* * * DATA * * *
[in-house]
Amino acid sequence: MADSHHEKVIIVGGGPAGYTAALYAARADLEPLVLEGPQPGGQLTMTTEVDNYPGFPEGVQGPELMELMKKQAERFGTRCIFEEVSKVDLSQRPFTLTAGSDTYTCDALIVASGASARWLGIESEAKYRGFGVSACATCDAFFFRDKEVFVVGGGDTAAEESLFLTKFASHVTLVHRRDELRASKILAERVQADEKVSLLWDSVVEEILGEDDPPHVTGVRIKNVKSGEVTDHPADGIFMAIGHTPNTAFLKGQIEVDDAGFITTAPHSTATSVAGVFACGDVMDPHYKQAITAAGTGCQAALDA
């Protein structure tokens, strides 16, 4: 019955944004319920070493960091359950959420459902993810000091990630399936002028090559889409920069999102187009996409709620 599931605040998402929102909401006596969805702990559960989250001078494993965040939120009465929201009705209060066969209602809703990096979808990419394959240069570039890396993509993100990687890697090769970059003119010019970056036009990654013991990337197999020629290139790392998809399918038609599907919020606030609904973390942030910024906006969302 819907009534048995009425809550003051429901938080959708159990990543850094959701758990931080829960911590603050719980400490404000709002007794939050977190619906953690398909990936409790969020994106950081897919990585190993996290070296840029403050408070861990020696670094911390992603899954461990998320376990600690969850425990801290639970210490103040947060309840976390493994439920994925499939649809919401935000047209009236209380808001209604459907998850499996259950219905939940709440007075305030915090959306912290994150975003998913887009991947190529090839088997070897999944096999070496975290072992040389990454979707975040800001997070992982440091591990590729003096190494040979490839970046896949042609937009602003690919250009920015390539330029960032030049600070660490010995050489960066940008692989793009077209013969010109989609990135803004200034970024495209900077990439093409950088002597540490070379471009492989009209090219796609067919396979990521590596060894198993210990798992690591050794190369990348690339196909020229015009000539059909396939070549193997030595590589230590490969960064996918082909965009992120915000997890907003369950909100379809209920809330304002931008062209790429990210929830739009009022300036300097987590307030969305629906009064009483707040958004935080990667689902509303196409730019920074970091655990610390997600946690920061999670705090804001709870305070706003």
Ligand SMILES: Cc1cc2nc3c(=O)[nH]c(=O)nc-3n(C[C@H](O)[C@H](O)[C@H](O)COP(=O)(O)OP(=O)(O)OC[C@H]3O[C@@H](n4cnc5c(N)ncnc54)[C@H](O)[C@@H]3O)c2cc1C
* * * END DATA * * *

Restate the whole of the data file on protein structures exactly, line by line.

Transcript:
[in-house]
Amino acid sequence: MADSHHEKVIIVGGGPAGYTAALYAARADLEPLVLEGPQPGGQLTMTTEVDNYPGFPEGVQGPELMELMKKQAERFGTRCIFEEVSKVDLSQRPFTLTAGSDTYTCDALIVASGASARWLGIESEAKYRGFGVSACATCDAFFFRDKEVFVVGGGDTAAEESLFLTKFASHVTLVHRRDELRASKILAERVQADEKVSLLWDSVVEEILGEDDPPHVTGVRIKNVKSGEVTDHPADGIFMAIGHTPNTAFLKGQIEVDDAGFITTAPHSTATSVAGVFACGDVMDPHYKQAITAAGTGCQAALDA
């Protein structure tokens, strides 16, 4: 019955944004319920070493960091359950959420459902993810000091990630399936002028090559889409920069999102187009996409709620 599931605040998402929102909401006596969805702990559960989250001078494993965040939120009465929201009705209060066969209602809703990096979808990419394959240069570039890396993509993100990687890697090769970059003119010019970056036009990654013991990337197999020629290139790392998809399918038609599907919020606030609904973390942030910024906006969302 819907009534048995009425809550003051429901938080959708159990990543850094959701758990931080829960911590603050719980400490404000709002007794939050977190619906953690398909990936409790969020994106950081897919990585190993996290070296840029403050408070861990020696670094911390992603899954461990998320376990600690969850425990801290639970210490103040947060309840976390493994439920994925499939649809919401935000047209009236209380808001209604459907998850499996259950219905939940709440007075305030915090959306912290994150975003998913887009991947190529090839088997070897999944096999070496975290072992040389990454979707975040800001997070992982440091591990590729003096190494040979490839970046896949042609937009602003690919250009920015390539330029960032030049600070660490010995050489960066940008692989793009077209013969010109989609990135803004200034970024495209900077990439093409950088002597540490070379471009492989009209090219796609067919396979990521590596060894198993210990798992690591050794190369990348690339196909020229015009000539059909396939070549193997030595590589230590490969960064996918082909965009992120915000997890907003369950909100379809209920809330304002931008062209790429990210929830739009009022300036300097987590307030969305629906009064009483707040958004935080990667689902509303196409730019920074970091655990610390997600946690920061999670705090804001709870305070706003």
Ligand SMILES: Cc1cc2nc3c(=O)[nH]c(=O)nc-3n(C[C@H](O)[C@H](O)[C@H](O)COP(=O)(O)OP(=O)(O)OC[C@H]3O[C@@H](n4cnc5c(N)ncnc54)[C@H](O)[C@@H]3O)c2cc1C